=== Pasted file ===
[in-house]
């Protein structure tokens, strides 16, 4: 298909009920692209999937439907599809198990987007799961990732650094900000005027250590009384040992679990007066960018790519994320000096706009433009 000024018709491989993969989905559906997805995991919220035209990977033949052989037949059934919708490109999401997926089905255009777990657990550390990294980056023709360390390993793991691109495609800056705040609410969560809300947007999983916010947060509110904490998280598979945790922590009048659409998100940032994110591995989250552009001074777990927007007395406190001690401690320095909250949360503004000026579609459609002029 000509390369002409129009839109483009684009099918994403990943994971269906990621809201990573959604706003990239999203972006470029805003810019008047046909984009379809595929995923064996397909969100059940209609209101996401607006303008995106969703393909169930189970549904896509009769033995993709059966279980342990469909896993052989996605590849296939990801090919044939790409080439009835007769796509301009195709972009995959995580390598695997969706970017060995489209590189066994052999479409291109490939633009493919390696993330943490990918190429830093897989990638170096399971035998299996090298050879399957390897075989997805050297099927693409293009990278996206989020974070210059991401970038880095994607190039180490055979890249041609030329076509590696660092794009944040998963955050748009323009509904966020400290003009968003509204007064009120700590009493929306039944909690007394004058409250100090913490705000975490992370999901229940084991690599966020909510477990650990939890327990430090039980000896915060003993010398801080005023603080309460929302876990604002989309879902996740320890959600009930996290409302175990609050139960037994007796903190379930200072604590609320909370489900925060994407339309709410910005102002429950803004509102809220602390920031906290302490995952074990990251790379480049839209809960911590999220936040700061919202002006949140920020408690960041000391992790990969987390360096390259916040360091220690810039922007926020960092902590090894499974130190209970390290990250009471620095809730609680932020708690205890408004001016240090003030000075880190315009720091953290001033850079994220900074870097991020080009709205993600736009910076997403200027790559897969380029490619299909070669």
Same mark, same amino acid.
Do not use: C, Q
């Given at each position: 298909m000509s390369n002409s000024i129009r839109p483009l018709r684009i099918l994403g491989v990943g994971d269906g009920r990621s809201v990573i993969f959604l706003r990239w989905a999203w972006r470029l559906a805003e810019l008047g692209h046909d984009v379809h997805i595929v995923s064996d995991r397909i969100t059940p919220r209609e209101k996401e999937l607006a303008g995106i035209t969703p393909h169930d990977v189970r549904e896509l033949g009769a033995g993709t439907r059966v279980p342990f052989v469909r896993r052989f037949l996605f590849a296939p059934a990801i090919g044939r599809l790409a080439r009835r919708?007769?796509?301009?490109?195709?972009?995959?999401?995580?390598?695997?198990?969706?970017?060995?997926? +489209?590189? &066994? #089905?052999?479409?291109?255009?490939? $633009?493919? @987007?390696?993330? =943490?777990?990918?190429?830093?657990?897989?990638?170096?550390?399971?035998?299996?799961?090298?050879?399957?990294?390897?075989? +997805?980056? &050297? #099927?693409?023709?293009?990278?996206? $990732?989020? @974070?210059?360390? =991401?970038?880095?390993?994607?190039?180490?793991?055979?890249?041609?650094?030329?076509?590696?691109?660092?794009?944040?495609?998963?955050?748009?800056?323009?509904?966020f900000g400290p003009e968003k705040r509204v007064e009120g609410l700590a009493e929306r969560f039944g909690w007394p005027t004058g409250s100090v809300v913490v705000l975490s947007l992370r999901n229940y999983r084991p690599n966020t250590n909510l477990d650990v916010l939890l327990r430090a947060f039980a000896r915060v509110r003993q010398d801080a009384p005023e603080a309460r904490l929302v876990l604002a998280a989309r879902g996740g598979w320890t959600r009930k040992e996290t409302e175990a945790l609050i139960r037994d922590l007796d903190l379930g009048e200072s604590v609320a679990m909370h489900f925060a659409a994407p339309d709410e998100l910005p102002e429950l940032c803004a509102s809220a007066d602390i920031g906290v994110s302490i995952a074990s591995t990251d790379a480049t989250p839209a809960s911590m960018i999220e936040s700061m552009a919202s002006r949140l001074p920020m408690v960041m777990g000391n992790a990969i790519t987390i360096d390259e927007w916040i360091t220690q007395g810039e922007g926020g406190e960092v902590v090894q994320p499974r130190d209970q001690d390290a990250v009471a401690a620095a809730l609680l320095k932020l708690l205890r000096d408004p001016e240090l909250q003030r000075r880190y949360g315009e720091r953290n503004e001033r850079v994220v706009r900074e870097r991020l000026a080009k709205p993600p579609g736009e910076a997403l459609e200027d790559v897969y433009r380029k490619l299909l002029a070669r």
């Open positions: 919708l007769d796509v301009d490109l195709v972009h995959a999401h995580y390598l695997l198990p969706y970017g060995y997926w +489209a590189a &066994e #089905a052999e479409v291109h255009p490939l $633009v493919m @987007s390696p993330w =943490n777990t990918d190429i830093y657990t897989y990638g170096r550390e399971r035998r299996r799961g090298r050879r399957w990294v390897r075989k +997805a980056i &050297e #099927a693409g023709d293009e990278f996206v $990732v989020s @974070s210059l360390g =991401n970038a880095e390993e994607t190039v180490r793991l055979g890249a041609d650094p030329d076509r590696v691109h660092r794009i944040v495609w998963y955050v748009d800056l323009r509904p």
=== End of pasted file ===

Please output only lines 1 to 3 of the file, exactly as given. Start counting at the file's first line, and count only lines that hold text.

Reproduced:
[in-house]
């Protein structure tokens, strides 16, 4: 298909009920692209999937439907599809198990987007799961990732650094900000005027250590009384040992679990007066960018790519994320000096706009433009 000024018709491989993969989905559906997805995991919220035209990977033949052989037949059934919708490109999401997926089905255009777990657990550390990294980056023709360390390993793991691109495609800056705040609410969560809300947007999983916010947060509110904490998280598979945790922590009048659409998100940032994110591995989250552009001074777990927007007395406190001690401690320095909250949360503004000026579609459609002029 000509390369002409129009839109483009684009099918994403990943994971269906990621809201990573959604706003990239999203972006470029805003810019008047046909984009379809595929995923064996397909969100059940209609209101996401607006303008995106969703393909169930189970549904896509009769033995993709059966279980342990469909896993052989996605590849296939990801090919044939790409080439009835007769796509301009195709972009995959995580390598695997969706970017060995489209590189066994052999479409291109490939633009493919390696993330943490990918190429830093897989990638170096399971035998299996090298050879399957390897075989997805050297099927693409293009990278996206989020974070210059991401970038880095994607190039180490055979890249041609030329076509590696660092794009944040998963955050748009323009509904966020400290003009968003509204007064009120700590009493929306039944909690007394004058409250100090913490705000975490992370999901229940084991690599966020909510477990650990939890327990430090039980000896915060003993010398801080005023603080309460929302876990604002989309879902996740320890959600009930996290409302175990609050139960037994007796903190379930200072604590609320909370489900925060994407339309709410910005102002429950803004509102809220602390920031906290302490995952074990990251790379480049839209809960911590999220936040700061919202002006949140920020408690960041000391992790990969987390360096390259916040360091220690810039922007926020960092902590090894499974130190209970390290990250009471620095809730609680932020708690205890408004001016240090003030000075880190315009720091953290001033850079994220900074870097991020080009709205993600736009910076997403200027790559897969380029490619299909070669």
Same mark, same amino acid.